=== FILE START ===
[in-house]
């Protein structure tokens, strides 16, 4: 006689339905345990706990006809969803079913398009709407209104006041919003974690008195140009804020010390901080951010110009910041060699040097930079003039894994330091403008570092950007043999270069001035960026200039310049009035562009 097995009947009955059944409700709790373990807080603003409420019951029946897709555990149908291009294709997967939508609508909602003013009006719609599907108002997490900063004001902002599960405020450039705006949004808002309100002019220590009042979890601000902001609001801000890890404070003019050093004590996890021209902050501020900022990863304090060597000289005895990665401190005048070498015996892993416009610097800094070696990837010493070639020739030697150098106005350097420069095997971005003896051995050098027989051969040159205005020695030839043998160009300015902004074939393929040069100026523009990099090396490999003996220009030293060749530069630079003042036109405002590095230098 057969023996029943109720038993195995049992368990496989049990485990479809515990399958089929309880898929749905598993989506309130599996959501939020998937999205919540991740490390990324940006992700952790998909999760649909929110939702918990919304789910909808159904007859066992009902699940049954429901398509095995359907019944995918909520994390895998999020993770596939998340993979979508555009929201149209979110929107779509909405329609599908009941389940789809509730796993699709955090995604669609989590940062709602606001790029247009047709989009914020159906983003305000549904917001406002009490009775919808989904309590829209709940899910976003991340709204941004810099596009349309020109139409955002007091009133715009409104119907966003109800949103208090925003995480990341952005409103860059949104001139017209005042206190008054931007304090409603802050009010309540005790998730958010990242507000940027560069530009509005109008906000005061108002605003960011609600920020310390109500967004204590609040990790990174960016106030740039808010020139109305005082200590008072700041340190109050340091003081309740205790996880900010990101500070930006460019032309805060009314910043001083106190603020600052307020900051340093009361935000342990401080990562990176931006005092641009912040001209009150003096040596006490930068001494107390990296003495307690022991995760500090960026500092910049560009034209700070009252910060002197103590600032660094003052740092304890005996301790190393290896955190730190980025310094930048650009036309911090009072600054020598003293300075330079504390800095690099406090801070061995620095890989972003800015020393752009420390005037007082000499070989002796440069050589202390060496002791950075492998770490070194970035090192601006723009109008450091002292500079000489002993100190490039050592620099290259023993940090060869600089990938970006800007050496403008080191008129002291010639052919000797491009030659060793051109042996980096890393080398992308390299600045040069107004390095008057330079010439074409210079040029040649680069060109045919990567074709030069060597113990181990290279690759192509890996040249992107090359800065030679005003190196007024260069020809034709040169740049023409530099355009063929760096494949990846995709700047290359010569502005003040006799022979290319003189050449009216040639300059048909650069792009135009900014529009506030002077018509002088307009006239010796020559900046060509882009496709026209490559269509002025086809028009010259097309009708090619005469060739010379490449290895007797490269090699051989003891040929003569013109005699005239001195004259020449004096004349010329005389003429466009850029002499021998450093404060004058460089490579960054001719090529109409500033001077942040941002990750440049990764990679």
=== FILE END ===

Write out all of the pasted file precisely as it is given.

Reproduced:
[in-house]
């Protein structure tokens, strides 16, 4: 006689339905345990706990006809969803079913398009709407209104006041919003974690008195140009804020010390901080951010110009910041060699040097930079003039894994330091403008570092950007043999270069001035960026200039310049009035562009 097995009947009955059944409700709790373990807080603003409420019951029946897709555990149908291009294709997967939508609508909602003013009006719609599907108002997490900063004001902002599960405020450039705006949004808002309100002019220590009042979890601000902001609001801000890890404070003019050093004590996890021209902050501020900022990863304090060597000289005895990665401190005048070498015996892993416009610097800094070696990837010493070639020739030697150098106005350097420069095997971005003896051995050098027989051969040159205005020695030839043998160009300015902004074939393929040069100026523009990099090396490999003996220009030293060749530069630079003042036109405002590095230098 057969023996029943109720038993195995049992368990496989049990485990479809515990399958089929309880898929749905598993989506309130599996959501939020998937999205919540991740490390990324940006992700952790998909999760649909929110939702918990919304789910909808159904007859066992009902699940049954429901398509095995359907019944995918909520994390895998999020993770596939998340993979979508555009929201149209979110929107779509909405329609599908009941389940789809509730796993699709955090995604669609989590940062709602606001790029247009047709989009914020159906983003305000549904917001406002009490009775919808989904309590829209709940899910976003991340709204941004810099596009349309020109139409955002007091009133715009409104119907966003109800949103208090925003995480990341952005409103860059949104001139017209005042206190008054931007304090409603802050009010309540005790998730958010990242507000940027560069530009509005109008906000005061108002605003960011609600920020310390109500967004204590609040990790990174960016106030740039808010020139109305005082200590008072700041340190109050340091003081309740205790996880900010990101500070930006460019032309805060009314910043001083106190603020600052307020900051340093009361935000342990401080990562990176931006005092641009912040001209009150003096040596006490930068001494107390990296003495307690022991995760500090960026500092910049560009034209700070009252910060002197103590600032660094003052740092304890005996301790190393290896955190730190980025310094930048650009036309911090009072600054020598003293300075330079504390800095690099406090801070061995620095890989972003800015020393752009420390005037007082000499070989002796440069050589202390060496002791950075492998770490070194970035090192601006723009109008450091002292500079000489002993100190490039050592620099290259023993940090060869600089990938970006800007050496403008080191008129002291010639052919000797491009030659060793051109042996980096890393080398992308390299600045040069107004390095008057330079010439074409210079040029040649680069060109045919990567074709030069060597113990181990290279690759192509890996040249992107090359800065030679005003190196007024260069020809034709040169740049023409530099355009063929760096494949990846995709700047290359010569502005003040006799022979290319003189050449009216040639300059048909650069792009135009900014529009506030002077018509002088307009006239010796020559900046060509882009496709026209490559269509002025086809028009010259097309009708090619005469060739010379490449290895007797490269090699051989003891040929003569013109005699005239001195004259020449004096004349010329005389003429466009850029002499021998450093404060004058460089490579960054001719090529109409500033001077942040941002990750440049990764990679």